- Risk-averse culture – Because larger companies tend to have low-risk tolerance, they are more resistant to new ideas. This risk aversion creates a culture where it’s safer to focus on already successful projects rather than taking risks on innovation. Even if a great idea manages to float to the top, it may take years to put any steps into action. And by that point, a smaller, more nimble company may have already seized on that opportunity.
- Measuring the value of innovation – It’s often hard to quantify the value of innovation and progress. You may not be able to measure it in dollars and cents. Or, it may take years for the fruits of that labor to come to bear. Because of this, pharmaceutical companies that are preoccupied with and beholden to demonstrable ROI will inevitably push back against ideas or technology that don’t produce immediate returns.
These trends demonstrate significant flaws with the drug development pipeline mode the major threats to the pharmaceutical industry. Such issues are only exacerbated by stringent regulations, which add to the difficulty and price of producing new products and services.
To survive, the industry must produce better and more affordable products via disruptive innovation.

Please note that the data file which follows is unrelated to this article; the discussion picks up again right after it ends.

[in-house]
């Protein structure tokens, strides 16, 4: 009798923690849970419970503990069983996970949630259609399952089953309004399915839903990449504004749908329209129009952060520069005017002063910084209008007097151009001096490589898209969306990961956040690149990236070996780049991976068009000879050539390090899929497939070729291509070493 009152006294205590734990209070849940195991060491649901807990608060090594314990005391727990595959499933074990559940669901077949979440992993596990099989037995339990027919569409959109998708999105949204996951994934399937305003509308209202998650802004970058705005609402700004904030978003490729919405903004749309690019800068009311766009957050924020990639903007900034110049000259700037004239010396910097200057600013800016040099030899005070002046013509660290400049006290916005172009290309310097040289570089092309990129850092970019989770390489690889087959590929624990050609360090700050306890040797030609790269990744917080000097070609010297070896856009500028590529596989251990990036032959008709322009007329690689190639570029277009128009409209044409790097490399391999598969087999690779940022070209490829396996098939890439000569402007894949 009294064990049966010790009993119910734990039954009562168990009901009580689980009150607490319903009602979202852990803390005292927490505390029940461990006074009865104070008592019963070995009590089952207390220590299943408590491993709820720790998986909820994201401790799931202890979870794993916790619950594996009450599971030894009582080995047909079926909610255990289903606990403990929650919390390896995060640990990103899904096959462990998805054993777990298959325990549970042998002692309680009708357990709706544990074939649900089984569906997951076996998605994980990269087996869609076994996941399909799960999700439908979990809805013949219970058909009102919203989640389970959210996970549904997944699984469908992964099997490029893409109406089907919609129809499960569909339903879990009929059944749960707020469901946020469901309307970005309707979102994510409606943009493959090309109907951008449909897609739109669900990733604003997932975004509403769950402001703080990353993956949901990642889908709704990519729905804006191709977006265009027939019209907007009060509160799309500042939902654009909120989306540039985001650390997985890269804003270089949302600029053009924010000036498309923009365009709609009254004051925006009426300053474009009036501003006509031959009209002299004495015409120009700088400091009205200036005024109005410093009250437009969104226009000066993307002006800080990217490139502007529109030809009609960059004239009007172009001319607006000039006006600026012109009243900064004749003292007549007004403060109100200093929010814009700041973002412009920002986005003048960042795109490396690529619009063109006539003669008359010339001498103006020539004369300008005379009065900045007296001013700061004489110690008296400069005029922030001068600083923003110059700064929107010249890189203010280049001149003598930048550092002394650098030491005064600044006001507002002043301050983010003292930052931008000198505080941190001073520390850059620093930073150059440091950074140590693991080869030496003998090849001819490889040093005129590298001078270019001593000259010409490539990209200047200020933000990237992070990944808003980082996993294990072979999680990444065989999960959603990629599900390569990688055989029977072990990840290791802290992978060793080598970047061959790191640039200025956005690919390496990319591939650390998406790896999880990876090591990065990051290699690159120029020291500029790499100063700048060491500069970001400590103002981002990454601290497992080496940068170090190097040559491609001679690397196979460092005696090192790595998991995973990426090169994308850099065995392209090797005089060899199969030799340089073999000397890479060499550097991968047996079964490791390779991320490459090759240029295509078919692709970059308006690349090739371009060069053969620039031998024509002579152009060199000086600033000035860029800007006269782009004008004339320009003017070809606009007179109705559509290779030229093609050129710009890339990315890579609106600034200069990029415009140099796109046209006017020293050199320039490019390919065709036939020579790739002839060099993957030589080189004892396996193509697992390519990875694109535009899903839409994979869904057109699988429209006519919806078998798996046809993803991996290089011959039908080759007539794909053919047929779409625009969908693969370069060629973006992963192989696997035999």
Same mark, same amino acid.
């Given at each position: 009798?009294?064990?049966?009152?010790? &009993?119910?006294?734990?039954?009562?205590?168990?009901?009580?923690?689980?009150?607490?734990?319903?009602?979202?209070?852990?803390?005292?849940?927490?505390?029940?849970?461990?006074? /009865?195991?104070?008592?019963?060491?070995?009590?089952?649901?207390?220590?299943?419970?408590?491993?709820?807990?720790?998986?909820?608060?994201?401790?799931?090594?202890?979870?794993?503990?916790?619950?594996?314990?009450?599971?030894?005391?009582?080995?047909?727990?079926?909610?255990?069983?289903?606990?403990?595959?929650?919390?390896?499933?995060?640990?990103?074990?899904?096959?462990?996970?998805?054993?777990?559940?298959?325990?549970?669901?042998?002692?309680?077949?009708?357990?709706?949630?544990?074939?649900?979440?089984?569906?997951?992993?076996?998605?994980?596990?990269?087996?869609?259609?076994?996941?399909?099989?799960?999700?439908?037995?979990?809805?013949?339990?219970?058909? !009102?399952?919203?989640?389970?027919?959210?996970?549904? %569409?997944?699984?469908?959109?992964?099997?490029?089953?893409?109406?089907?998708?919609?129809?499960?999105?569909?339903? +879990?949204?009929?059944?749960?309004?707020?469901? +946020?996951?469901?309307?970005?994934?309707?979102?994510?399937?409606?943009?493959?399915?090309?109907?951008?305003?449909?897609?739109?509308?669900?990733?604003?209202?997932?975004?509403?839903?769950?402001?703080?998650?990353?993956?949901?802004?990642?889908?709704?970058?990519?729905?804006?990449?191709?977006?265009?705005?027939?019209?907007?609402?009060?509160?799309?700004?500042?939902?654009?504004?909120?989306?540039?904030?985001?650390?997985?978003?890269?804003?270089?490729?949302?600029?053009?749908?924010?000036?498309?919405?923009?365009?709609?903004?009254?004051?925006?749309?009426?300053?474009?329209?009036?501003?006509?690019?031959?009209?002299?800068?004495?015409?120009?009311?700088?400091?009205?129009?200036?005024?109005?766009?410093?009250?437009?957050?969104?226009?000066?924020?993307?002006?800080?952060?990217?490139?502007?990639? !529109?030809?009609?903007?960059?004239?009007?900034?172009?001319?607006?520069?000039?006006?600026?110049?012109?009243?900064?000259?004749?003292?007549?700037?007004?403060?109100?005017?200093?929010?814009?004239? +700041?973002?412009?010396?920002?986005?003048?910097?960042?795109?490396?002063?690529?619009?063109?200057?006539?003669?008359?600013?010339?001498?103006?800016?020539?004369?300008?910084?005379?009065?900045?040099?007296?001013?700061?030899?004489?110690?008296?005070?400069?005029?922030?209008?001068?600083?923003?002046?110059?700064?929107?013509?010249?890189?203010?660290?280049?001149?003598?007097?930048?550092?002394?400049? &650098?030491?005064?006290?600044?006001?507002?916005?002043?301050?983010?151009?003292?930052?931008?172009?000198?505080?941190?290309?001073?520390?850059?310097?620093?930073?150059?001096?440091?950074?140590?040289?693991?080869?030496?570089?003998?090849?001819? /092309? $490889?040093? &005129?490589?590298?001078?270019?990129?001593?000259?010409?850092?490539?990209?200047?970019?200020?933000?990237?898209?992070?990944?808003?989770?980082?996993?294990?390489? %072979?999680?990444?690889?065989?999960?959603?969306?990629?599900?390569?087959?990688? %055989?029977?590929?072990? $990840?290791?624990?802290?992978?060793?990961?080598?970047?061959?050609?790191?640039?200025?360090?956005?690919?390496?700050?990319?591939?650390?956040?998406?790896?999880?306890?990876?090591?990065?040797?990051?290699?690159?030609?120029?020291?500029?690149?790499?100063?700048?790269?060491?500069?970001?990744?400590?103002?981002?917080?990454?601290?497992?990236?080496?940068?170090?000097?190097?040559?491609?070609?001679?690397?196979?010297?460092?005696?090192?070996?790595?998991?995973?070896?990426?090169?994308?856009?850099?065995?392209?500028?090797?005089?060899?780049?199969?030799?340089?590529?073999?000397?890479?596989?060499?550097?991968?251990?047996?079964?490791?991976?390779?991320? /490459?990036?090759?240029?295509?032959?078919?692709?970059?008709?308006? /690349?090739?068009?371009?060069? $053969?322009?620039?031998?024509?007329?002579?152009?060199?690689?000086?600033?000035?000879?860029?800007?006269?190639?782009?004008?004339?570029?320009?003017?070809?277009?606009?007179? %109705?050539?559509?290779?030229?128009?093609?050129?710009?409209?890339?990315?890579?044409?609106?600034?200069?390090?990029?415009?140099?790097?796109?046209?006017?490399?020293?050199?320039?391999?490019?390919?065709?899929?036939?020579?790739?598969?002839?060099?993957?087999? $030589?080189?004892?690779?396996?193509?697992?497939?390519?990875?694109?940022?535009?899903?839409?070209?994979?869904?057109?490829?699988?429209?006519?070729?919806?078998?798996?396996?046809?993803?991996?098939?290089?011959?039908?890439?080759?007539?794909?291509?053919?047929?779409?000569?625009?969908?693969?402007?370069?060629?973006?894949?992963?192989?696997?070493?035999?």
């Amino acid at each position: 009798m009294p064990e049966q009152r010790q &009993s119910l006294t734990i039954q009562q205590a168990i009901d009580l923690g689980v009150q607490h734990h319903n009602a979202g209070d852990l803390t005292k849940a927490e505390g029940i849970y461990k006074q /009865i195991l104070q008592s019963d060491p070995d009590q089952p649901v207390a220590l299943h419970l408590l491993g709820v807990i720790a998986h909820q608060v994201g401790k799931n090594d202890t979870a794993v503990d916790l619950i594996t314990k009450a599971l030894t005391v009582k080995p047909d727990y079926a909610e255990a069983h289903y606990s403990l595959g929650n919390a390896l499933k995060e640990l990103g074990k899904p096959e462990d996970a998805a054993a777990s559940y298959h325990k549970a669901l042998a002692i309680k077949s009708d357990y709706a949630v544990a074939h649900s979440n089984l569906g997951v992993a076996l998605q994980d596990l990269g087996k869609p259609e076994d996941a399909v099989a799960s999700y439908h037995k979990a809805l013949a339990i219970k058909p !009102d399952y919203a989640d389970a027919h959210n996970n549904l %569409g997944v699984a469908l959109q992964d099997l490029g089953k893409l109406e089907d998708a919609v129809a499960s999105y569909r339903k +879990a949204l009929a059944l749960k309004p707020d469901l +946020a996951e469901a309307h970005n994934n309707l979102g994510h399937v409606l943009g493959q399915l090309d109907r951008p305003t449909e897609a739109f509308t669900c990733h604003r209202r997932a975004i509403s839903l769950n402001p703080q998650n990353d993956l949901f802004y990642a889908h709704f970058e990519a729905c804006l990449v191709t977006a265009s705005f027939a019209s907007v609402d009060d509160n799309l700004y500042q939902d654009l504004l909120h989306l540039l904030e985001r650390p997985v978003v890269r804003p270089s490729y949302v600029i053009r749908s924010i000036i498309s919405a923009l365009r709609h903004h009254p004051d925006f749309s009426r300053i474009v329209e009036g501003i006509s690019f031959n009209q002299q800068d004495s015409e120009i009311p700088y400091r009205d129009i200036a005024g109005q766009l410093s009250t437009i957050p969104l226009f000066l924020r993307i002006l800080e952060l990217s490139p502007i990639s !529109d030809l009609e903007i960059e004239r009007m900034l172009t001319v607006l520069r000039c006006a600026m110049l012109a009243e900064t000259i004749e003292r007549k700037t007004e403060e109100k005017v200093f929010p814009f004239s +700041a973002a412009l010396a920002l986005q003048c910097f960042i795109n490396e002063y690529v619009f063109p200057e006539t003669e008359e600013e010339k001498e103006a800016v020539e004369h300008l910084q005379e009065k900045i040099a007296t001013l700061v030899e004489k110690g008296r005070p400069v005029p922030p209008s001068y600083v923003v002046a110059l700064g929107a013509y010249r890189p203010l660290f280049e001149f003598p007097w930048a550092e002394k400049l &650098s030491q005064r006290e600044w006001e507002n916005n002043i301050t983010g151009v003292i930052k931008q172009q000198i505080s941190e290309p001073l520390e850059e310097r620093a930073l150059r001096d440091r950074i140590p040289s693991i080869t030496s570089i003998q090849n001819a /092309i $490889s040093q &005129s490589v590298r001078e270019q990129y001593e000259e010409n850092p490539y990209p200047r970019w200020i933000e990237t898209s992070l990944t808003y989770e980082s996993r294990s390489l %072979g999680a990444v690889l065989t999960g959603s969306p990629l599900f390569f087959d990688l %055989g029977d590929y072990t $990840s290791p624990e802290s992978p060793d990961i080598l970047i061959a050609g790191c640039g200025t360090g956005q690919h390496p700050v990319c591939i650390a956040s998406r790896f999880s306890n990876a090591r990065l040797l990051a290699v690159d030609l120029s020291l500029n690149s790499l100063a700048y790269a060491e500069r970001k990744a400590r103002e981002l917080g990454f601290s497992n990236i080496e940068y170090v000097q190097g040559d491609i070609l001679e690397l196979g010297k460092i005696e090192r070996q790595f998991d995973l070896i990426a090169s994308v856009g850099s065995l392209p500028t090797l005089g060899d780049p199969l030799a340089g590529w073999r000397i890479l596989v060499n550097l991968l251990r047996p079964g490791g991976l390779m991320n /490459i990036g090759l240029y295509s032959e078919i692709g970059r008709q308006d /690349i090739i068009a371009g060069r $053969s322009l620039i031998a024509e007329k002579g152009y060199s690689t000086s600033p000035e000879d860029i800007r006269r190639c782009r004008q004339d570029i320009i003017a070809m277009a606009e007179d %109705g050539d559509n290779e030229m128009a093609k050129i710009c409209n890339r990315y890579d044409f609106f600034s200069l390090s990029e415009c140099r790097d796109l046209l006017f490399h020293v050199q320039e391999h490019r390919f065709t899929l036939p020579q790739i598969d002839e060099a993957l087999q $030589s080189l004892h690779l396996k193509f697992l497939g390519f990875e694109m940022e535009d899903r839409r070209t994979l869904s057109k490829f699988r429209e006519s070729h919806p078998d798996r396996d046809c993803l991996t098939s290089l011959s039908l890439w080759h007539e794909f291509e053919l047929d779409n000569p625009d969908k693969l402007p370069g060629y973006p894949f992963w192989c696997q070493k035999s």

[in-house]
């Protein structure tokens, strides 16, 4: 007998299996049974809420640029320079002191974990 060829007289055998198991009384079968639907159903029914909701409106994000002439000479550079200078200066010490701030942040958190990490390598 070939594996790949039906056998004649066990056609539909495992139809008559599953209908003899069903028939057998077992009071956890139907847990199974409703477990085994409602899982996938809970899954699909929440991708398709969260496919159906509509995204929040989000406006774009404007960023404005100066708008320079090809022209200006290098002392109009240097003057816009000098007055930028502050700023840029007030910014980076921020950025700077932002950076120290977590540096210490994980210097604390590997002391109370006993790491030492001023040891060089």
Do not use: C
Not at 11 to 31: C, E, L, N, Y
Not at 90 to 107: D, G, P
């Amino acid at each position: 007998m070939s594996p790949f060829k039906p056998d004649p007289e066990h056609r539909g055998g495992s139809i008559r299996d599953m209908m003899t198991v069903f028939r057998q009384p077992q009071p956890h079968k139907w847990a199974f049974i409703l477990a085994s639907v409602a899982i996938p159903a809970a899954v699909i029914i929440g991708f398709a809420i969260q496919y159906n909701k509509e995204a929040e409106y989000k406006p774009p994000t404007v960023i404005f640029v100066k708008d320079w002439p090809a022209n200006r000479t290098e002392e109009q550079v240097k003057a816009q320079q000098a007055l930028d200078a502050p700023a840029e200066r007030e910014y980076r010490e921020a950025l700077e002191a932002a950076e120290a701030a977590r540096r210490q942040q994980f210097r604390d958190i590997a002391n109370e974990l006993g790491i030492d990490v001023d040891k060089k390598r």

Disruptive innovation—four major technologies and trends in pharma
Over the past decade, disruptive innovation has begun to take root. The pharmaceutical industry has undergone a rapid evolution thanks in part to the following technologies and trends, such as:
#1: Patient centricity
One of the most impactful changes to the life science industry is the movement away from point of service care to a more modern, consumer-focused, value-based care system.
Digital technology has enabled patient-centricity not just in the pharmaceutical industry but also in the healthcare industry. Thanks to the advent of the internet and smartphones, it’s now easier than ever for healthcare consumers to control their healthcare education, find information, and shop around for medical products or services. As a result, modern patients are empowered. They’re better informed, more connected, and expect to receive personalized assistance.